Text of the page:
Electronic cigarettes have become widely used in many places as a substitute for traditional ones, including in the workplace. In the UK alone there are apparently over one million users.
However, the e-Cigarette is apparently not risk free. There are a number of health concerns and also insufficient data on the long term effects of use.
Trend to restrict
As a result there have been moves in some countries or states to restrict their use or even ban them. The current worldwide picture is still heavily weighted towards unrestricted sale and use. However, bans are in place of one sort or another in Denmark, UAE and Brazil and recent developments in the US and the EU show a clear trend towards more regulation and restraint.
In LA recently the City Council voted to treat e-Cigarettes the same as ordinary cigarettes and therefore ban them from most public places. In doing this they followed Chicago, Boston and New York.
In February, the European Parliament voted through revisions to the rules on tobacco products including e-Cigarettes, which are expected to be in force by 2016. Member States will be able to introduce their own measures. In the UK they are to be regulated as medicines.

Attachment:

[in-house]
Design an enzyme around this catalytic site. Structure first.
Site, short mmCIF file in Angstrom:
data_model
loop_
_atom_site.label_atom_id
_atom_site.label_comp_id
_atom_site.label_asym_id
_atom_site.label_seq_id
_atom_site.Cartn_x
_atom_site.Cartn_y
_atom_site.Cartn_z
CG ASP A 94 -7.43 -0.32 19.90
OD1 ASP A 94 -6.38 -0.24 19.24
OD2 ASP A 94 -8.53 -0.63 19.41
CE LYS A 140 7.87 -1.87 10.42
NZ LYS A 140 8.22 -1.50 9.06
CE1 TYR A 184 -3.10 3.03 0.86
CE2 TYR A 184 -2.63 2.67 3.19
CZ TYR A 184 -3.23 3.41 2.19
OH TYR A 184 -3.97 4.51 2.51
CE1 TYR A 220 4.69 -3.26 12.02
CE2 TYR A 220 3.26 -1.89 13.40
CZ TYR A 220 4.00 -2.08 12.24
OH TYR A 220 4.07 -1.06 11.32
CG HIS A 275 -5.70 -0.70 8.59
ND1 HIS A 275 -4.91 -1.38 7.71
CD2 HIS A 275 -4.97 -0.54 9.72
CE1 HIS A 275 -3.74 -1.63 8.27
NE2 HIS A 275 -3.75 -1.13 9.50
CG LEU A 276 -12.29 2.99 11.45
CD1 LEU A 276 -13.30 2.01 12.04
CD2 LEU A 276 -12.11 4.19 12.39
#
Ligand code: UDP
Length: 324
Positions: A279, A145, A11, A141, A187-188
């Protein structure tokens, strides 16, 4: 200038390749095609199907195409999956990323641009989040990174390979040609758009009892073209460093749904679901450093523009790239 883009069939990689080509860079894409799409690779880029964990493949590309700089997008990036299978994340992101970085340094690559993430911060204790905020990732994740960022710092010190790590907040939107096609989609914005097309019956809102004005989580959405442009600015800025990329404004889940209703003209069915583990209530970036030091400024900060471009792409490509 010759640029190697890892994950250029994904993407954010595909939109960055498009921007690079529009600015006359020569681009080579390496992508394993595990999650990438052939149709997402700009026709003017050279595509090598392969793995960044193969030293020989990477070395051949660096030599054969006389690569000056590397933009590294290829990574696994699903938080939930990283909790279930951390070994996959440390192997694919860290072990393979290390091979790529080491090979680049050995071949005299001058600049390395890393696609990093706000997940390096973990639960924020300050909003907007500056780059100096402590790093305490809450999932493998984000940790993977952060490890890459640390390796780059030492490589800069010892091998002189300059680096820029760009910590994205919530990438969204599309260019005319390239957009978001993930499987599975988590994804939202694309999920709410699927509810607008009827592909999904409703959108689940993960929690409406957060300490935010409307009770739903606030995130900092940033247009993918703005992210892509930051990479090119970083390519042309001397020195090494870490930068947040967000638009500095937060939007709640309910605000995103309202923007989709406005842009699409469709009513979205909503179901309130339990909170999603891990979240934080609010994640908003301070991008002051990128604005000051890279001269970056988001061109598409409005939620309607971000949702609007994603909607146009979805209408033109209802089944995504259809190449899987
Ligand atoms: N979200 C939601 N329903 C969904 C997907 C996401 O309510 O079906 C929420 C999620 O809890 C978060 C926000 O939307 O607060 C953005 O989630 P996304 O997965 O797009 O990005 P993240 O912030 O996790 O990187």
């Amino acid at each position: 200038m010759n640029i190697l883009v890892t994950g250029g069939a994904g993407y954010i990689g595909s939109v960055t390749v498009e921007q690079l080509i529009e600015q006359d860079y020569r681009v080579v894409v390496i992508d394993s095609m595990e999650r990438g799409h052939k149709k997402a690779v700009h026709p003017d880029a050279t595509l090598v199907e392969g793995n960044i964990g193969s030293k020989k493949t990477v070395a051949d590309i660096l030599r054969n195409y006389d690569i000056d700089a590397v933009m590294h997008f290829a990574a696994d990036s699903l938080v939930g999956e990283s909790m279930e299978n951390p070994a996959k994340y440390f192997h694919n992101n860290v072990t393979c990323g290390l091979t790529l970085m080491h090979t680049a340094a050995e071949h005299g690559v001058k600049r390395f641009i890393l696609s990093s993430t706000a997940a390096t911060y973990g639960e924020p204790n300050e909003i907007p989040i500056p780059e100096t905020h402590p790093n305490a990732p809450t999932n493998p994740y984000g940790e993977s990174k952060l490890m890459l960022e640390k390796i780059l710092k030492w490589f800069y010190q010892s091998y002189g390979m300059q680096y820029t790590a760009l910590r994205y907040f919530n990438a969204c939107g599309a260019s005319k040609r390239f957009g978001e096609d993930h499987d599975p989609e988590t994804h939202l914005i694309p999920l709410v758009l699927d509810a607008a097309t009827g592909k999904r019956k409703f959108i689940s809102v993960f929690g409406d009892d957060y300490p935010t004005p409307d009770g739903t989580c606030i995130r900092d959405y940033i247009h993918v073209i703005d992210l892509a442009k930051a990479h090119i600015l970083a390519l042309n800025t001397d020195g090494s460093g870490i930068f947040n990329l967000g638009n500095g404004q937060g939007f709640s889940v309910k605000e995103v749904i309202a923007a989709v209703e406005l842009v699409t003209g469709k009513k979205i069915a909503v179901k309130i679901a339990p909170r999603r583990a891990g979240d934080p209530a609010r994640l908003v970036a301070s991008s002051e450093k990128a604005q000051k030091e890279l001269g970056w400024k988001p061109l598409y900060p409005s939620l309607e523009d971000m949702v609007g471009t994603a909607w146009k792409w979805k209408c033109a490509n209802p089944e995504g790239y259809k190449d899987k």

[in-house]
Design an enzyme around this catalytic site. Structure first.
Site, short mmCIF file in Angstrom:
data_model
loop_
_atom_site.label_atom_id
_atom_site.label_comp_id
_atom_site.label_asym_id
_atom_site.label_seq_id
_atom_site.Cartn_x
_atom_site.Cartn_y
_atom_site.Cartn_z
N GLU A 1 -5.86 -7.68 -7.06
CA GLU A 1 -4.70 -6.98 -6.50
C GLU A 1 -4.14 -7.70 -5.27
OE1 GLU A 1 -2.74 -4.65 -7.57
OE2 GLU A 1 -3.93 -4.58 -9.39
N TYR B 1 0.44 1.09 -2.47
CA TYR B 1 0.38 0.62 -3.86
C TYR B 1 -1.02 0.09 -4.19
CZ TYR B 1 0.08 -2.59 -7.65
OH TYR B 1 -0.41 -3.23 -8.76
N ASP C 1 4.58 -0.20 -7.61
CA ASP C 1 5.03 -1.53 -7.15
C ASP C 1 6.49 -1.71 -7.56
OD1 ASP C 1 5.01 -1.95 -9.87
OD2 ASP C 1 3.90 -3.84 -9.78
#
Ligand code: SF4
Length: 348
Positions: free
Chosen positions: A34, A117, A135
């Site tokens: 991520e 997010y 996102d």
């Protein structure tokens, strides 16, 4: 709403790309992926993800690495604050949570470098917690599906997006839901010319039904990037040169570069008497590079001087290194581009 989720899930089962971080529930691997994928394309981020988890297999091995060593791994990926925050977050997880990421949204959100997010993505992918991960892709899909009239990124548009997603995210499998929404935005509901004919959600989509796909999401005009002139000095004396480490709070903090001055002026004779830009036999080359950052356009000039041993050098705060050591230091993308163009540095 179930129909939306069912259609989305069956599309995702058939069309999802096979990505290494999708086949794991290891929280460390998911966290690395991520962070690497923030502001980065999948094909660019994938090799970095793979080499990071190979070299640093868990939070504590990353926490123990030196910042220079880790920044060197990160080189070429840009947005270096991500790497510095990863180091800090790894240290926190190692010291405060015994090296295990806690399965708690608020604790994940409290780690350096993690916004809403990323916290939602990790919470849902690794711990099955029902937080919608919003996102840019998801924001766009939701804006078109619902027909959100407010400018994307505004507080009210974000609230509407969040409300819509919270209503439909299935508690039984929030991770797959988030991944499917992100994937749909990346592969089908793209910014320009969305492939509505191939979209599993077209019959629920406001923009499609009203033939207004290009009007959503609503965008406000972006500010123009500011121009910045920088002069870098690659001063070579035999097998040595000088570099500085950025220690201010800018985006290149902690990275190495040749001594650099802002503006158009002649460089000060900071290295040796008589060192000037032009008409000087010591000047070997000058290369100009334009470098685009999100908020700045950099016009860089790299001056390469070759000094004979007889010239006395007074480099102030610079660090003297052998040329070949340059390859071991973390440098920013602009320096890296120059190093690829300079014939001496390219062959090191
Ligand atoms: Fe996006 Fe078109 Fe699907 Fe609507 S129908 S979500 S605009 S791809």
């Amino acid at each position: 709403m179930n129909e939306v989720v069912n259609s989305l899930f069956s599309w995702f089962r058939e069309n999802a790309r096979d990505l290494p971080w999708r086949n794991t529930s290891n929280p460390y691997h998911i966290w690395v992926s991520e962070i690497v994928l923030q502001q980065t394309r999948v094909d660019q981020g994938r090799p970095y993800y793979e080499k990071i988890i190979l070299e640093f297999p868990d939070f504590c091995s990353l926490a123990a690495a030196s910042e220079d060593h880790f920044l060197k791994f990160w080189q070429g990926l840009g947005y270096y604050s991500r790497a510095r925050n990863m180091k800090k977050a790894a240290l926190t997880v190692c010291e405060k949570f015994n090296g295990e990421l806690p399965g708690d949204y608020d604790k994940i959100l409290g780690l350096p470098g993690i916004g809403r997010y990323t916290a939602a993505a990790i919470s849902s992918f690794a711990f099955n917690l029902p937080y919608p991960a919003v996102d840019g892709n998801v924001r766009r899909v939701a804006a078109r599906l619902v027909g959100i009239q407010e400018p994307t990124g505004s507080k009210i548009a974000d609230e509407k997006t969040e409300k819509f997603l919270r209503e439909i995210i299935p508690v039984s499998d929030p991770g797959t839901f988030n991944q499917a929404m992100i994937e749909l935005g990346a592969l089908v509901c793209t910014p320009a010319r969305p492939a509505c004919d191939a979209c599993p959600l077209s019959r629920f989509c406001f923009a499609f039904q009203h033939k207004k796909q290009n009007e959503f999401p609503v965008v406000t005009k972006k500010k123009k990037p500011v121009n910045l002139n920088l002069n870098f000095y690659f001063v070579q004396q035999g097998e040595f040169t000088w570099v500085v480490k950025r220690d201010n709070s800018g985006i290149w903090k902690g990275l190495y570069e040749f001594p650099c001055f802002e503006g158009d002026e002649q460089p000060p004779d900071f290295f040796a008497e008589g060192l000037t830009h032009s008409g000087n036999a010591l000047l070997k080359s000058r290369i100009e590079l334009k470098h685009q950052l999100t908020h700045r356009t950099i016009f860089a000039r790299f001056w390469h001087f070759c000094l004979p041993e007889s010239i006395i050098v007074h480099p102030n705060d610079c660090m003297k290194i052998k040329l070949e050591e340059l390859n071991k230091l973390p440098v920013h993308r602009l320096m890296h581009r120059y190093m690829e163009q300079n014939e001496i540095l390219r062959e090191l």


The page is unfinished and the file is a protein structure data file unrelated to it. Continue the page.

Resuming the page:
In the workplace
How should employers deal with e-Cigarettes? It is in the employer’s interest to promote the wellbeing and health of the employees but there is potential confusion here. Many people use e-Cigarettes to help them give up smoking traditional ones, and therefore bring a health benefit. However, if e-Cigarettes cause harm as well, what then?
Having a more permissive policy in the workplace for e-Cigarettes risks upsetting staff who don’t smoke or are trying to kick the whole habit.
Perhaps the simplest approach is for companies to treat e-Cigarettes exactly the same as ordinary cigarettes and have appropriate policies in place to ensure compliance. However, employers should note that if they provide a smoking area for traditional smokers during work breaks they should not require e-smokers to use the same area but rather should contemplate a separate area for the e-smokers.
Globally, subject to a quick check on the local law, employers should pay close attention to local cultural attitudes to smoking in the workplace as these vary considerably and will be critical.